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Investigating Information Poverty

The Internet is not only a useful source of information it has also become an important social resource.

Ian Ruthven | Laura Hasler

Internet-mediated communication tools, such as discussion groups, newsgroups, and chatrooms, have provided ways to connect to other people for a variety of social reasons and a particular use of social technology is to gain informational and social support in times of personal crisis. One of the attractions of Internet communication is that it allows people to find or solicit information outside of their normal social environments particularly if they feel they cannot share their concerns within their immediate social groups.

This unwillingness to ask for information within an individual's normal social environment as one of the distinguishing features of information poverty. Information poverty arises when people do not request information from their peer groups (including friends or family) due to the perceived risks of exposing the need for information. If a need for information is critical, however, then individuals will 'break out' of their usual patterns of information seeking and discover new ways of finding information. Increasingly this means turning to the Internet for help and advice.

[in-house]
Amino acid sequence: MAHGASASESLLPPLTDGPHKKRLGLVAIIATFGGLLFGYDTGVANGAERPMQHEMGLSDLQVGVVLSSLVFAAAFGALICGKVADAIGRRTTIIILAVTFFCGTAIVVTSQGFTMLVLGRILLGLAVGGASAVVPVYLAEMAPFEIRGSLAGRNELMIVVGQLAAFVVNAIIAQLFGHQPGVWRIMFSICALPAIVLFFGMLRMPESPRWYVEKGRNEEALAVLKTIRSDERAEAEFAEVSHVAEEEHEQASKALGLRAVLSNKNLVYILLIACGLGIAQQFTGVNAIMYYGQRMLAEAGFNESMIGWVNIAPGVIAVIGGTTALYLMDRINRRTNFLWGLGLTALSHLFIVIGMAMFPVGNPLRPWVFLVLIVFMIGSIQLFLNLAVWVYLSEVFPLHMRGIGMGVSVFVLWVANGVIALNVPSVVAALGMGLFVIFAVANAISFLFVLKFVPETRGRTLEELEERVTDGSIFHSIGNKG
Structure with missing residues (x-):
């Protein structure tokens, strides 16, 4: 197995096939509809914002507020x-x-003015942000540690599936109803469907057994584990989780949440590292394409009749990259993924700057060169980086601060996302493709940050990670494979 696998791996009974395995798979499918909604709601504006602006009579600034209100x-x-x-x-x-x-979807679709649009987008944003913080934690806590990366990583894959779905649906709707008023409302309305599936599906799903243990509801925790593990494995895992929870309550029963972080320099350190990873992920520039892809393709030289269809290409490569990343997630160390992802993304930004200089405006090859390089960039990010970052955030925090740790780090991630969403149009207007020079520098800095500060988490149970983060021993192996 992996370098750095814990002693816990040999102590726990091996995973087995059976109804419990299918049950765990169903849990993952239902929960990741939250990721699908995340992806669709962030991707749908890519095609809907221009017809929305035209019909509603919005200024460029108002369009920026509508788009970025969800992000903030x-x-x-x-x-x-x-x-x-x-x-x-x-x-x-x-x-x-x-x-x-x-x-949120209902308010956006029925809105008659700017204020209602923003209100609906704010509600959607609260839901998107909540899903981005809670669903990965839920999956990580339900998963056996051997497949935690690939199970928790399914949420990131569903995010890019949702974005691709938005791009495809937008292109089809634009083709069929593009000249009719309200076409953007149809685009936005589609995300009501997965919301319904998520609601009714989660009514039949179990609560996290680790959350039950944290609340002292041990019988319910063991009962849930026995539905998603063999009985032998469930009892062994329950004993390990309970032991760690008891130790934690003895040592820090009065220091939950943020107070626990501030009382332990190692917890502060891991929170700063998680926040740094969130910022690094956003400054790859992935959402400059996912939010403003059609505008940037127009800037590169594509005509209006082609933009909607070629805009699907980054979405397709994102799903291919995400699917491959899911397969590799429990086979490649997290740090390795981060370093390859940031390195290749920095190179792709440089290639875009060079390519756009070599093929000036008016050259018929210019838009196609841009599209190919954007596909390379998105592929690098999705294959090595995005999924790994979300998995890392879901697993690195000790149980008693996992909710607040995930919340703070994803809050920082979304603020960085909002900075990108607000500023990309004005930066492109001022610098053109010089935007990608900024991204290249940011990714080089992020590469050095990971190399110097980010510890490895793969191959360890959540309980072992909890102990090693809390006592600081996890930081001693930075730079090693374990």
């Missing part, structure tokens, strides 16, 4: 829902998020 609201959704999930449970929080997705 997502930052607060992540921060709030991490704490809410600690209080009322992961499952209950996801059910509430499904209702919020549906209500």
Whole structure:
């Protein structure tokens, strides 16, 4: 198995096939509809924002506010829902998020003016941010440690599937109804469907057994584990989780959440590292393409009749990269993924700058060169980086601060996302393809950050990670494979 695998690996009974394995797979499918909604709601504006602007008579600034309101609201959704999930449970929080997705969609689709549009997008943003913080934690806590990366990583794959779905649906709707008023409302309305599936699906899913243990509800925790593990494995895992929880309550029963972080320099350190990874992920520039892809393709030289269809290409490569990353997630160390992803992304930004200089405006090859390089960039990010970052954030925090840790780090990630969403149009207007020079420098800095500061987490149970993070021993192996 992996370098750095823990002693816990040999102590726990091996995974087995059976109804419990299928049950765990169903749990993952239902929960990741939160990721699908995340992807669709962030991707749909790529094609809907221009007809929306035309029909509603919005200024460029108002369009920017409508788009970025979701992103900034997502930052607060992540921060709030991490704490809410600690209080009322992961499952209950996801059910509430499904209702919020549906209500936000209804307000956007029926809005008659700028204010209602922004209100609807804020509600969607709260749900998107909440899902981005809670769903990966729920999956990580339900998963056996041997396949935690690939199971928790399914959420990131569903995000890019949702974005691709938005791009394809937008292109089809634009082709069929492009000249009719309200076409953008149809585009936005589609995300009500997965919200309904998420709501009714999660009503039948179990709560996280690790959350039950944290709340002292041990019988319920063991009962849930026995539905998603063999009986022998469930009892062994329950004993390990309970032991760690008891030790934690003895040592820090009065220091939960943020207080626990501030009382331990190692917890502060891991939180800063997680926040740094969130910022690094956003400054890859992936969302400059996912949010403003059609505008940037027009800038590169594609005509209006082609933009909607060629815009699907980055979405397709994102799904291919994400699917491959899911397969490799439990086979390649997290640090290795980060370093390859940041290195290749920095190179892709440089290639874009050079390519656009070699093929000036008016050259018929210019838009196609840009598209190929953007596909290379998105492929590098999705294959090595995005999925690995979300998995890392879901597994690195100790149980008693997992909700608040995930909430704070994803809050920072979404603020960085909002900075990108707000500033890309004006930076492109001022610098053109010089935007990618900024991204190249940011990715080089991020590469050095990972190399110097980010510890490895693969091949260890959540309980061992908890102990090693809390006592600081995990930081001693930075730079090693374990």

The CIS department has been awarded a research grant from the Economic and Social Research Council (ESRC) to investigate the use of the Internet by those who may suffer from Information Poverty. The study will examine what information is sought by people who use social technology to ask for help when no other help is seen as available: what are people willing to ask strangers on the Internet that they will not ask their friends or family and what types of information do they receive in response to these requests for help?

This research will add to our understanding of the role the Internet plays in providing informational and social support. Using information poverty as a conceptual guide, the proposed research will shed light on the information seeking activities of people, often in marginalised groups and vulnerable situations, who feel they have no other avenues of support. By understanding why people turn away from formal sources of information we can help social information providers design alternatives mode of communication to reach these vulnerable people.